Careers in math gives students options

By Jennifer Barrera - Staff Reporter



The Trojan War has been regarded as myth throughout history, but now there is real evidence to show it isn't all myth, a Highline history professor said at last week's History Seminar.

Even though there are some obvious historical inaccuracies in The Iliad and The Odyssey, they amount to being the best-known story of the Trojan War.

"There's a lot in this that is completely unbelievable," Dr. Teri Balkenende said. "This is less about the Trojan War per-se, and more about the evidence."

The evidence of the Trojan War starts with the rediscovery of Troy in the 1870s.

Followed by the discovery of the Hittite royal archives in 1906.

Lastly, research into both of Homer's epic poems based around the Greek siege of Troy.

"Instead of looking at them as legends, look at the evidence that some portion may have some basis in fact," Dr. Balkenende said.

According to Homer's poems, the Trojan War started with the Spartan king's wife, Helen.

"Helen, we are told, was the most beautiful woman in the Greek world," Dr. Balkenende said.

Because of her great beauty, her father Tyndareus made a deal with the Greek kingdoms that Helen went to, would be "backed militarily," Dr. Balkenende said.

Paris Alexander, a Trojan, claimed to have the backing of the goddess Aphrodite to pick any woman he wanted as a wife and subsequently abducted Helen and thus started the Trojan War.

"The Greeks themselves absolutely believed that these stories were true," Dr. Balkenende said. "This is what makes Greeks, Greeks… which speaks to the idea that this is their bible."

During the Renaissance, the story of the Trojan War was discredited as just a story until 1873.

Heinrich Schliemann, an archeologist, found the city had been layered into nine different cities, the city was rebuilt over the top of itself several times.

Unfortunately, Schliemann blew through the city with explosives and even smuggled treasure he found at Troy out of the Ottoman Empire.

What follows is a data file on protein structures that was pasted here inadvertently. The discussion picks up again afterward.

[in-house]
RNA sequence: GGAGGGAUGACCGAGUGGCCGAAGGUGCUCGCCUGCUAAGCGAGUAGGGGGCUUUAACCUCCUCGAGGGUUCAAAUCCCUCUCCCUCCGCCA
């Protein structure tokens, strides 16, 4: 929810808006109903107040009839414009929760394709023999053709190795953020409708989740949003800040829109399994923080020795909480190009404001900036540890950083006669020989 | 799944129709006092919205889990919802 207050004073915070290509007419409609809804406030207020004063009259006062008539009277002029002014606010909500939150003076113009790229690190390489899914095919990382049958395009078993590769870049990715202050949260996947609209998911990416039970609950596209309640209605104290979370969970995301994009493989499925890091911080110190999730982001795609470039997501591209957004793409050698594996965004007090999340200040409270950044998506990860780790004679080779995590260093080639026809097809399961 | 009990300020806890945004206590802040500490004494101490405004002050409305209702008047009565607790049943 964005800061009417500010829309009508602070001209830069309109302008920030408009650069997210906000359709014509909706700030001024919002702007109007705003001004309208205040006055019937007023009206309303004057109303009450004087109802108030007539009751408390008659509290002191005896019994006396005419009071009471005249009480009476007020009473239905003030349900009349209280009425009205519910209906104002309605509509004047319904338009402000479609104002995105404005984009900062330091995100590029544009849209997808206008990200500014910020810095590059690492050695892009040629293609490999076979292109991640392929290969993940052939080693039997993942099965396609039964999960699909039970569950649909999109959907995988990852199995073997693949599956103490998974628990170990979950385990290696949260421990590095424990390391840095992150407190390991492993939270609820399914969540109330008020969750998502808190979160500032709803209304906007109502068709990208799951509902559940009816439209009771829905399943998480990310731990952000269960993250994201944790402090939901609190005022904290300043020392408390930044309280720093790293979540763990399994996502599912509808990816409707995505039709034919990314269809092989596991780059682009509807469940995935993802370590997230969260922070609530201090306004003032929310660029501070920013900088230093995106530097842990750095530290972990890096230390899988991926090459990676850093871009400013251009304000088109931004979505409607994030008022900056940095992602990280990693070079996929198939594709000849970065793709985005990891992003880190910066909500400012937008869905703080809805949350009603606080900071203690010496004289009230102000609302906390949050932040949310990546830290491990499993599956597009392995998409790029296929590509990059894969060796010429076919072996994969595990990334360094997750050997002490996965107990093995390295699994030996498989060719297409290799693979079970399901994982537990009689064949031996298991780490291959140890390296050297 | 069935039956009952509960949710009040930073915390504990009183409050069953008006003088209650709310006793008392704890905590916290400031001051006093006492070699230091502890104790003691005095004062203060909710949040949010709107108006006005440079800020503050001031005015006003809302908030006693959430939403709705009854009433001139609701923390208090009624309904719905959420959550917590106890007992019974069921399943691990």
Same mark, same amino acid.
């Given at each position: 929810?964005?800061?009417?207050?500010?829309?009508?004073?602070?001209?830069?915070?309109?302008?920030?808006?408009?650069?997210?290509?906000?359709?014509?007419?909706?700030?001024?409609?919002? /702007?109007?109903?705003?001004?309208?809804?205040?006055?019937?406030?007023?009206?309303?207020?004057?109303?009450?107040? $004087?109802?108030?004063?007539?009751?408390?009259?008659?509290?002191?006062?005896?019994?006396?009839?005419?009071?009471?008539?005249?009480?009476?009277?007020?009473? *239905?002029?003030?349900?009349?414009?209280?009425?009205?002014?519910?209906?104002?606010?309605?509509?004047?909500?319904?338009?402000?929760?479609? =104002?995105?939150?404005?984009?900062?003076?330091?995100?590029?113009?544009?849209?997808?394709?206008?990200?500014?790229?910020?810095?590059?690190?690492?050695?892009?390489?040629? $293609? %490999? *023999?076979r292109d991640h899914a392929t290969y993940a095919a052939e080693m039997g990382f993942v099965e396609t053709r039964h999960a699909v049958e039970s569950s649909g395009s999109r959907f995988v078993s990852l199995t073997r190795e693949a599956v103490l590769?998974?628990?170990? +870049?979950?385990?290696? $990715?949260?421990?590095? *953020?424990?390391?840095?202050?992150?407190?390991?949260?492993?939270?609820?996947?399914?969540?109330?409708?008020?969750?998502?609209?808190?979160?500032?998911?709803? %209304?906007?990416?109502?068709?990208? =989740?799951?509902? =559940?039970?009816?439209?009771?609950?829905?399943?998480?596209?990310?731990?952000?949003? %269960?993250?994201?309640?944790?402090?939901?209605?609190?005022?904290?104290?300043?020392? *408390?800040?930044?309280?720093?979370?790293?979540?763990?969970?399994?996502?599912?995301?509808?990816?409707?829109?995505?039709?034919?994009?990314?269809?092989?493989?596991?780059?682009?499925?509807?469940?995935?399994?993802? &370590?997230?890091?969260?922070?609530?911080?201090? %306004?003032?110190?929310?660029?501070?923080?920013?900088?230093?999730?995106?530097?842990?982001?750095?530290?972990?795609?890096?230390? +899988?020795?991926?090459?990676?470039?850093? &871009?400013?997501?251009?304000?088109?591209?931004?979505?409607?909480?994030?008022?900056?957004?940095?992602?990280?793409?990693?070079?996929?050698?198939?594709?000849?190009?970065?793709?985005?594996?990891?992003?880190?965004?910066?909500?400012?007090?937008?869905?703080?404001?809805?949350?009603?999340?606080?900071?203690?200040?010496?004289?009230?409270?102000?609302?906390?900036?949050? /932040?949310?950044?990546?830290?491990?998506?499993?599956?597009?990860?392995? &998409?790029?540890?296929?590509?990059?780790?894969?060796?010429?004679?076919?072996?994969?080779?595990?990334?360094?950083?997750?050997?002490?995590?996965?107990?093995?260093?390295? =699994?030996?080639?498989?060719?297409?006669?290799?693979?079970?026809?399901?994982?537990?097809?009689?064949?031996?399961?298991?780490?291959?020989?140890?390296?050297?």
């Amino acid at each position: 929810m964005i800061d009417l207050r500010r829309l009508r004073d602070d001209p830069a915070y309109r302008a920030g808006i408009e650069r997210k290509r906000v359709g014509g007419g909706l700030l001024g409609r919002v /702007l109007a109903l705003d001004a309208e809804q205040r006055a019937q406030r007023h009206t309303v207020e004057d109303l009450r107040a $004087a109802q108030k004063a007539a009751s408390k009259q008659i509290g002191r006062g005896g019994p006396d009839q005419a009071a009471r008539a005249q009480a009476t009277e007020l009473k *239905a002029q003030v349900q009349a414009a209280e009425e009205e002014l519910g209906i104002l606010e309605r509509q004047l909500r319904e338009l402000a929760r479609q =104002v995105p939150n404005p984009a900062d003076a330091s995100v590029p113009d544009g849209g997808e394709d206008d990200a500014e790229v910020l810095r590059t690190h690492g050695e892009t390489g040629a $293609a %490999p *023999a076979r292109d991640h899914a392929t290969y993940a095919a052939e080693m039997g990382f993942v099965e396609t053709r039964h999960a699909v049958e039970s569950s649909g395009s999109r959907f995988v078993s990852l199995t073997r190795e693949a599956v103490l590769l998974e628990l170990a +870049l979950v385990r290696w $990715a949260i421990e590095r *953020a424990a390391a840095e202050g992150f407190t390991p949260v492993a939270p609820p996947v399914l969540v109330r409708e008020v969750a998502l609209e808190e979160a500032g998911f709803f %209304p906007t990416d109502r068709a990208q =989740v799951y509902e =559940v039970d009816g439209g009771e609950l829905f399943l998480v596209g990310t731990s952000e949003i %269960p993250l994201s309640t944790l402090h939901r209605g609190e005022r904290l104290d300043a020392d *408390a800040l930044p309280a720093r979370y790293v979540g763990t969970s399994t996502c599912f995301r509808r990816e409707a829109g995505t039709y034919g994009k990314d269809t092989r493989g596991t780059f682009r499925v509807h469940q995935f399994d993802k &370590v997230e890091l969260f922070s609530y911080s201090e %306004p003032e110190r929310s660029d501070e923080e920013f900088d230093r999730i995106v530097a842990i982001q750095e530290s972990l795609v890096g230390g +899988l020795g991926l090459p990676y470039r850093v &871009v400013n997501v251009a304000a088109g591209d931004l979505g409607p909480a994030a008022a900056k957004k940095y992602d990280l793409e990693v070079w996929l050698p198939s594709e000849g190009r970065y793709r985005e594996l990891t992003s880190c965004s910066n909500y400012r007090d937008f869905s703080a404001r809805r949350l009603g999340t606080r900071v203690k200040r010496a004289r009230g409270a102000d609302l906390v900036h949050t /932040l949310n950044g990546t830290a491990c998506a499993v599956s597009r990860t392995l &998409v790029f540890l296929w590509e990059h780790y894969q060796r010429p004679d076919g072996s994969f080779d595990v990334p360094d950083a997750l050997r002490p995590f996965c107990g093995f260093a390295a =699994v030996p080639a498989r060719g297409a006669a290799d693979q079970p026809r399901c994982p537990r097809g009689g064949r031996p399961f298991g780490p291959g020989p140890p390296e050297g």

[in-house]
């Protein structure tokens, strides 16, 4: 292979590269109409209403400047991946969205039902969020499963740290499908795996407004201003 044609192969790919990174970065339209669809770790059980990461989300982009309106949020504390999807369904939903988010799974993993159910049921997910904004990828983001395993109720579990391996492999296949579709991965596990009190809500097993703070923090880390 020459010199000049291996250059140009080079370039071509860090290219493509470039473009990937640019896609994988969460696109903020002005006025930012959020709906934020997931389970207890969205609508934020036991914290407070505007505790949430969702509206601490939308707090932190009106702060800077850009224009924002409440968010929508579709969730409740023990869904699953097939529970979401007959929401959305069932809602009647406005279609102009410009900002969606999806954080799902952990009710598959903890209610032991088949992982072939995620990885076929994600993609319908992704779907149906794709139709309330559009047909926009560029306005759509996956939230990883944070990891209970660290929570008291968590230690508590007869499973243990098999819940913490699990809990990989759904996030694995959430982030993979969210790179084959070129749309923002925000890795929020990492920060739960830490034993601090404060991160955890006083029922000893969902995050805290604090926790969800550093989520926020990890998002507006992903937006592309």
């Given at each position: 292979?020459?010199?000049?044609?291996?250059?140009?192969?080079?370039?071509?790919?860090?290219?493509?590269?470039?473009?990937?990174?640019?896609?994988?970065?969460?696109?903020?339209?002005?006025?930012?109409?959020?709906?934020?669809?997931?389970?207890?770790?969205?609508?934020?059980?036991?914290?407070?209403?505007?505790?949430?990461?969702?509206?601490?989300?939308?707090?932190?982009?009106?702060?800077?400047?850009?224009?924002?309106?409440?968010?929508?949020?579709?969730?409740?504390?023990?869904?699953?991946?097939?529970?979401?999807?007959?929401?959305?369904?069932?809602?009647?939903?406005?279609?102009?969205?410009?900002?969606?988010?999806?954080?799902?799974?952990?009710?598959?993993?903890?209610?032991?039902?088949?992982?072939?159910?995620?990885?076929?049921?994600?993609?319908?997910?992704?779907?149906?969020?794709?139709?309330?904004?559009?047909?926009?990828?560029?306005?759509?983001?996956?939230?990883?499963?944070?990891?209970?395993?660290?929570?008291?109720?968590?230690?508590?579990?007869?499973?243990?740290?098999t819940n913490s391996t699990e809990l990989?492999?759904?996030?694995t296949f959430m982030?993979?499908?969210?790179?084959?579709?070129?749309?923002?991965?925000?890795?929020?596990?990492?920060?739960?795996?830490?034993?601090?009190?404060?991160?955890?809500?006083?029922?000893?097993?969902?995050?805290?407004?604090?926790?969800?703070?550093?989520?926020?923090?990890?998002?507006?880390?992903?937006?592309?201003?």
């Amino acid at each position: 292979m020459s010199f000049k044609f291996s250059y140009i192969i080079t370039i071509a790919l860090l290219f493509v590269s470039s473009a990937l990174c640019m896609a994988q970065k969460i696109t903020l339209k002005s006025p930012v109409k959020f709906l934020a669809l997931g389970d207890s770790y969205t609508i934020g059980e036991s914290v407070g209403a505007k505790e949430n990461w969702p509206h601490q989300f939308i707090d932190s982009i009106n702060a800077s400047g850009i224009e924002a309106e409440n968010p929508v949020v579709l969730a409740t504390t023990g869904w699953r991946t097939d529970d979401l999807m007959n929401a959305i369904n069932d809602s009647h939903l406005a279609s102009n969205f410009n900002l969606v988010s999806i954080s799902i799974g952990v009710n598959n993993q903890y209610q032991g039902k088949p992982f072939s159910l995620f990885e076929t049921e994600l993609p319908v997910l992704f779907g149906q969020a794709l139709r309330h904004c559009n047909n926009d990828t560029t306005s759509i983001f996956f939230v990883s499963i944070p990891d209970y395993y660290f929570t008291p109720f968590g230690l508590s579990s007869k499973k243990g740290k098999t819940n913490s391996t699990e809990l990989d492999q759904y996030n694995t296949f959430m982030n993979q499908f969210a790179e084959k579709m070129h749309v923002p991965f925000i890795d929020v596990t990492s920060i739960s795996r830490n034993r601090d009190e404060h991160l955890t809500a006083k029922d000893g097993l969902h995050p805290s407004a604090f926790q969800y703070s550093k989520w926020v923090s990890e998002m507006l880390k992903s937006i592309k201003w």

However, signs of conflict that were found at the city as well as the discovery of two rivers that were referenced by Homer lead many to believe that this city really is Troy and that the Trojan War really did take place.

The discovery of the Hittite royal archives in 1906 has led historians closer to the truth of what happened at Troy.

These archives seem to talk about some of the same people and events that take place in the Iliad such as the reference to King Alexander of Troy, as well as the correlation between records of the city being sacked and the archaeological evidence found there.

"All of this is still speculative. We haven't found any smoking gun that there was a Trojan war," Dr. Balkenende said. But she also said that "we are 99 percent sure."

The next History Seminar will be Marketing Apartheid, which will be about how South Africa has turned its history of racism into tourist attractions. Marketing Apartheid will be presented by Jennifer Jones on Nov. 29.

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Learn all about Safe Zones

Allies of the LGBTQIA community along with faculty and staff will be hosting a Safe Zones training program, next month. Safe Zones is a program identifying individuals in the school community who are safe and supportive allies of LGTBQIA students and faculty. The Safe Zones training is put on by Highline’s Multicultural Affairs organization. The program is about learning more about the queer community and to build skills to use on the Highline campus and out in other communities. The LGBTQIA Taskforce has been working on creating a basic curriculum for the Safe Zones training that not only provides information that may seem basic or simple. Anyone is welcome to the Safe Zones training. The training will be June 2, 11 a.m. to 1 p.m. in the Writing Center, Building 26 room 319i.

Annual Vicom Portfolio Show is next week

Highline is hosting its annual portfolio show next week. Design students will show off their work and achievements on June 5 - 6. The show is in Building 8, Mt. Olympus room from 9 a.m. to 4 p.m. and 5 to 8 p.m.

Faculty awards nominations due

The annual vote for Highline’s Outstanding Faculty Awards has been extended June 5. The Highline College Foundation provides two $1,500 awards to be presented to Highline College’s Outstanding Faculty of the Year. Nominations can be made by any student, staff member, faculty member or administrator of Highline. A person may make only one nomination for each award. Further detainominations need to consist of written statements from both the nominator and then a second reference that gives specific emphasis to the nominee’s contribution to education at Highline. Nominations need to be submitted to the Selection Committee in the Office of Instruction, Mailstop 9-2, by 5 p.m. on June 5.